Finding Usernames With Sherlock

 

Identifying and tracing a person’s footprints across the internet usually involves researching usernames across a wide variety of different platforms. There are many tools available to do this, but I’m a big fan of Sherlock for conducting quick and accurate username searches. Compared to some of the web-based alternatives like KnowEm and Namechk it returns a lower rate of false positives and has useful extra features like being able to run over TOR and allowing results to be easily exported to CSV file for further analysis.

Getting Started

Sherlock is a Python program that runs easily in Linux. It requires Python 3.6 or higher to run so you might need to update your version of Python first. I’ve used Sherlock in Linux Mint 19.1 and also in Kali and it’s quick to set up and simple to use without any glitches.  Here’s a quick guide to how to install and use it.

Clone the repository:

$ git clone https://github.com/sherlock-project/sherlock

Change to the newly-created Sherlock directory:

$ cd sherlock

Make sure you have pip3 installed. If not, install it first:

$ sudo apt install python3-pip

Then check the pip version:

$ pip3 --version

You should get the following output:

pip 9.0.1 from /usr/lib/python3/dist-packages (python 3.6)

Install the necessary requirements for Sherlock:

$ pip3 install -r requirements.txt

Now you’re ready to run Sherlock! To run a basic query, use the following syntax within the Sherlock directory:

$ python3 sherlock.py TARGET_USERNAME

To make life a little simpler, create an alias in your .bashrc file. If you’re going to run a script regularly, this makes things a little quicker and less repetitive. This also allows you to run the command from any location without having to move to the Sherlock directory first.

$ nano ~/.bashrc

Scroll to the end of the file and add the following lines:

#alias to run Sherlock alias sherlock='cd ~/sherlock && python3 sherlock.py'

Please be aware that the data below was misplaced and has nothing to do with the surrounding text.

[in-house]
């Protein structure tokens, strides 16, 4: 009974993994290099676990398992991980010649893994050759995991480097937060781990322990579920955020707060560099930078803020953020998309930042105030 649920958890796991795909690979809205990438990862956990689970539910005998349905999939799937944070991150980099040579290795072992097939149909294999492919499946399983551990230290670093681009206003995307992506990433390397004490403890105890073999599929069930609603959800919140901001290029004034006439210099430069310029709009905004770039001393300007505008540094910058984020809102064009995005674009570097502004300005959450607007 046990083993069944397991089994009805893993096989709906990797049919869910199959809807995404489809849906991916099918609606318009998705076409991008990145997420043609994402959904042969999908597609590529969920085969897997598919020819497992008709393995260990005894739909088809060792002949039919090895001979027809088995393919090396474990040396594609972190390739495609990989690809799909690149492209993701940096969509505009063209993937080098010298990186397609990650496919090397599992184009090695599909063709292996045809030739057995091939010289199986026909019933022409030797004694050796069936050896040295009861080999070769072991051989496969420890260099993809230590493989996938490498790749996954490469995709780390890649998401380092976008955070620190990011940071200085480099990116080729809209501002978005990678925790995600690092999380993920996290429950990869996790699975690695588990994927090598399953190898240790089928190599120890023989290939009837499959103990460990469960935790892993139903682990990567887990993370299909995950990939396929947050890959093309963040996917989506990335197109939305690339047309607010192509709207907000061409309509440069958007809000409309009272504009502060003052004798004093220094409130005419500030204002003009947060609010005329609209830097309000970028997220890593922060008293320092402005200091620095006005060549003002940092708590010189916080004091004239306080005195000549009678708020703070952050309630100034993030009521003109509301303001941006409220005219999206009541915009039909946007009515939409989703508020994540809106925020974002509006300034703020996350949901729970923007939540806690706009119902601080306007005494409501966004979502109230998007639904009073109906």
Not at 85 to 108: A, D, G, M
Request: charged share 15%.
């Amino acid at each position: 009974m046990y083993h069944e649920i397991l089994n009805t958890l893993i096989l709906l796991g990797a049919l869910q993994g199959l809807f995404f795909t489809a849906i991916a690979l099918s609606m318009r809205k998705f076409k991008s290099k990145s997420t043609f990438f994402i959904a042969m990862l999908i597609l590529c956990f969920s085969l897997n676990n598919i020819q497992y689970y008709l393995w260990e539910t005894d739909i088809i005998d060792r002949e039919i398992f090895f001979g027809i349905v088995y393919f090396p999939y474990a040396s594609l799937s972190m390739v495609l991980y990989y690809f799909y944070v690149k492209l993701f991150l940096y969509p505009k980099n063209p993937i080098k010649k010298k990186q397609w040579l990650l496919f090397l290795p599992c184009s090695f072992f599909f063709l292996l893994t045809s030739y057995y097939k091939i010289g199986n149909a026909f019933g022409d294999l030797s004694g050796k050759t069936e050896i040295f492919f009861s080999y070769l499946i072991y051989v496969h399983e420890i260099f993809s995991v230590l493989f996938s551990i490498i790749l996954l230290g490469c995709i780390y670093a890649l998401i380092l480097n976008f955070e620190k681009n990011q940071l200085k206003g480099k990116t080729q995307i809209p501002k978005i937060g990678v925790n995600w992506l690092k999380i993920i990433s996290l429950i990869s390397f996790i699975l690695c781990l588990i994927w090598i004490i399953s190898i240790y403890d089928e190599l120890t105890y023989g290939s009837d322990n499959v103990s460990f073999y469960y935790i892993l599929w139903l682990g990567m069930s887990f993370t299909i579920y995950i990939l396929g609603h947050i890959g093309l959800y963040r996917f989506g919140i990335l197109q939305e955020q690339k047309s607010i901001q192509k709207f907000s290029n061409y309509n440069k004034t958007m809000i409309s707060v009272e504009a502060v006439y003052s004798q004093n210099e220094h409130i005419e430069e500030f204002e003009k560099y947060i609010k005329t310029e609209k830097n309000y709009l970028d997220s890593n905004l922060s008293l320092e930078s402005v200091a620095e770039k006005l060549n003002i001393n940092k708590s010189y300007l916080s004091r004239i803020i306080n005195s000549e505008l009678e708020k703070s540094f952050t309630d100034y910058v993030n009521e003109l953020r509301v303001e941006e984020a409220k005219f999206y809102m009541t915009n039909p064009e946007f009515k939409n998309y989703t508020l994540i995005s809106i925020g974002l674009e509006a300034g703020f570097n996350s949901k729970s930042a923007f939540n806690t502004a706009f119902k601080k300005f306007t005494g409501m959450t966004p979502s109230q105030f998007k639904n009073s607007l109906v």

Exit and save with Ctrl+X. You’ll need to close and restart your terminal window for the change to take effect. Now to run Sherlock just enter the following to query a username:

$ sherlock TARGET_USERNAME

Note: Sherlock requires Python 3.6 or higher to run. Check your version of Python3 by typing python3 --version in the console. If your version is too old, you can update to Python 3.6 by following this guide. To run the commands as above just replace python3 with python3.6 and it’ll work fine.

What does Sherlock do?

Sherlock queries dozens of different websites to see if any user account for that site matches the username that you’re researching. It’s a very quick and very efficient way to identify other platforms the person is using that you might not find otherwise. Apart from the obvious platforms like Twitter, Facebook, and Reddit, it looks for matches on gaming sites like NameMC, Steam, and Roblox, coding sites like Codeacademy, GitHub, and Gitlab, and dozens of others. Apart from the speed of the searches it carries out, the rate of false positives is very low compared to other tools. I found Sherlock consistently returned false hits for Wikia, but not for any other sites. If you’ve previously used sites like Knowem, or Usersherlock, you’ll appreciate how fast, comprehensive and accurate Sherlock is.